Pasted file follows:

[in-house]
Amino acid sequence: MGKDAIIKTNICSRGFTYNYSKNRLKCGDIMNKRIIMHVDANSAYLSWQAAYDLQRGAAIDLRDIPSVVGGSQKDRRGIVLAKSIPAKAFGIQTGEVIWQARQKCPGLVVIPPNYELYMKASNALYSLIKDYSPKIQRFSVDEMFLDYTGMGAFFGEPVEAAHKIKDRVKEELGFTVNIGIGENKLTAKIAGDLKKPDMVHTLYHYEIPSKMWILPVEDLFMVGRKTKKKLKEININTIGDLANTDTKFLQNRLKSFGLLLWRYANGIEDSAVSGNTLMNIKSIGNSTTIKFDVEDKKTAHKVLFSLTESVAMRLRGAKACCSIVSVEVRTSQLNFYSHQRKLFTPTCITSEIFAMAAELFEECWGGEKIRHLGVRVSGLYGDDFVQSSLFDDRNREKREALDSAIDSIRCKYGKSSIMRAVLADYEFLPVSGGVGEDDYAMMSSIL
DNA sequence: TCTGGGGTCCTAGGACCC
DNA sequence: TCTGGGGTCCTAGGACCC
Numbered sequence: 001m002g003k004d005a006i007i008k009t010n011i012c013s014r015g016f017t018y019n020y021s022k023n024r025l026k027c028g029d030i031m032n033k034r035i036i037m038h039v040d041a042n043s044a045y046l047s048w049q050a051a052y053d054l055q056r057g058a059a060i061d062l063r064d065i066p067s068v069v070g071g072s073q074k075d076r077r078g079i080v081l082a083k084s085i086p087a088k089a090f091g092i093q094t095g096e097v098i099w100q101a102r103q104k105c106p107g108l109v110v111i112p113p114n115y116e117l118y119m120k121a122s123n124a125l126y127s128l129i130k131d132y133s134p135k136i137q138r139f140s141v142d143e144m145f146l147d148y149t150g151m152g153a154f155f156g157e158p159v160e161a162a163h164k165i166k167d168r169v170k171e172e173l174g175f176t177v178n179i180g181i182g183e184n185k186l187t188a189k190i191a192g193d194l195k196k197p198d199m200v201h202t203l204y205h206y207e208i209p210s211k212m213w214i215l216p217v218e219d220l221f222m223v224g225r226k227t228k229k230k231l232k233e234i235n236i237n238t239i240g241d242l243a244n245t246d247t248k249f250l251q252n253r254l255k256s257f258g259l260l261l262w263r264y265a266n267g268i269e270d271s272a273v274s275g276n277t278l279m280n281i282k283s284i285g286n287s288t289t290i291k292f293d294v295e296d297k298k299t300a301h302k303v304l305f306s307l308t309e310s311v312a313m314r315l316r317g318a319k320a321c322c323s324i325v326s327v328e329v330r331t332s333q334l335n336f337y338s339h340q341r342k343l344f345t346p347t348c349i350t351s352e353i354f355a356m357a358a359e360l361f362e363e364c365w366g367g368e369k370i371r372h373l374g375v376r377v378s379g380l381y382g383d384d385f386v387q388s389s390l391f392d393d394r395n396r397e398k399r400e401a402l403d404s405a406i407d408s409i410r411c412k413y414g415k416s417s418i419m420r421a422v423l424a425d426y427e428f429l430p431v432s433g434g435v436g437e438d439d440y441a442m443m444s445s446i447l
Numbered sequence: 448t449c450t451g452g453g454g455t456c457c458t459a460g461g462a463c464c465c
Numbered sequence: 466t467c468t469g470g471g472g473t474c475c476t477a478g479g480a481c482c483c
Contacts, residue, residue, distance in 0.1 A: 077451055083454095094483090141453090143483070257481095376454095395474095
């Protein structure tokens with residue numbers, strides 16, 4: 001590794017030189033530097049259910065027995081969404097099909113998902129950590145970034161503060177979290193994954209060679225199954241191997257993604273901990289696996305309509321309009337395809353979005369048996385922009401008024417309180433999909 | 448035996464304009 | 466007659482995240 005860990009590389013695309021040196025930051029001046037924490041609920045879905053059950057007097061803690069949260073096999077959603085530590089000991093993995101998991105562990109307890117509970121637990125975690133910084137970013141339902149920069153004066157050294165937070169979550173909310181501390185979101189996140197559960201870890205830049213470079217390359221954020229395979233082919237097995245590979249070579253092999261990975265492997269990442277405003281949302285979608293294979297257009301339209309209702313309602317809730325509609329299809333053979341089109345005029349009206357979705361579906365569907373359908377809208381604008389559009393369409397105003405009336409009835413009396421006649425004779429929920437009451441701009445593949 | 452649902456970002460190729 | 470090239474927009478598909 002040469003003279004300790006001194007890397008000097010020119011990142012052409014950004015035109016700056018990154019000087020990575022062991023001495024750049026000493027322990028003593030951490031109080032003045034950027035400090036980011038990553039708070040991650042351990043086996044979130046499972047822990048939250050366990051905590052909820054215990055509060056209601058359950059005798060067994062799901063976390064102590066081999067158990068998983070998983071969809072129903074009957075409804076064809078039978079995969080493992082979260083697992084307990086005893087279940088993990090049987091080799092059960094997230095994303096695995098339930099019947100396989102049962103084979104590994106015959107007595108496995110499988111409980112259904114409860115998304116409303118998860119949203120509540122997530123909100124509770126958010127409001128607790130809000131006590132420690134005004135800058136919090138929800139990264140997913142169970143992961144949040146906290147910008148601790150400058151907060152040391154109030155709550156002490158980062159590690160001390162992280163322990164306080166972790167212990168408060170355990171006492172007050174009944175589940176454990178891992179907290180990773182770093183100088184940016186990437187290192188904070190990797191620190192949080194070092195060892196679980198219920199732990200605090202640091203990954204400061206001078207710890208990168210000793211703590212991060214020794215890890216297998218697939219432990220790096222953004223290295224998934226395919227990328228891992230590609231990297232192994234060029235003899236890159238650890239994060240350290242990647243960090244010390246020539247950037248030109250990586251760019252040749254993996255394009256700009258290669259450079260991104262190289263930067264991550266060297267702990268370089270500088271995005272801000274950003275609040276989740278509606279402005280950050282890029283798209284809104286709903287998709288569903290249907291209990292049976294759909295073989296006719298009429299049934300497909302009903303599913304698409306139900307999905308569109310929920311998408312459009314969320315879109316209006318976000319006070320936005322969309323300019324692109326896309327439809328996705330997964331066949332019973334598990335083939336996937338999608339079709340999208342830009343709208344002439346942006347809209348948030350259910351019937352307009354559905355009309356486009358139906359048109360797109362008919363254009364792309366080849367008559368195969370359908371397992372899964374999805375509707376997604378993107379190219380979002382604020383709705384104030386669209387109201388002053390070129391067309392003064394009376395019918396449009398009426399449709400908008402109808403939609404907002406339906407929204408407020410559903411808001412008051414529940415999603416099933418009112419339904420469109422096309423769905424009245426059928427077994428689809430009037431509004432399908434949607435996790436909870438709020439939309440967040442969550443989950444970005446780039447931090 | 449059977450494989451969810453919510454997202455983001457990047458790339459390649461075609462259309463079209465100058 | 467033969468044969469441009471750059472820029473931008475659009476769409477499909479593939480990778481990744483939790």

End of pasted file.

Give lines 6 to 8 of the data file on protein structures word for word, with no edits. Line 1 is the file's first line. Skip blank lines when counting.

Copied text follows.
Numbered sequence: 448t449c450t451g452g453g454g455t456c457c458t459a460g461g462a463c464c465c
Numbered sequence: 466t467c468t469g470g471g472g473t474c475c476t477a478g479g480a481c482c483c
Contacts, residue, residue, distance in 0.1 A: 077451055083454095094483090141453090143483070257481095376454095395474095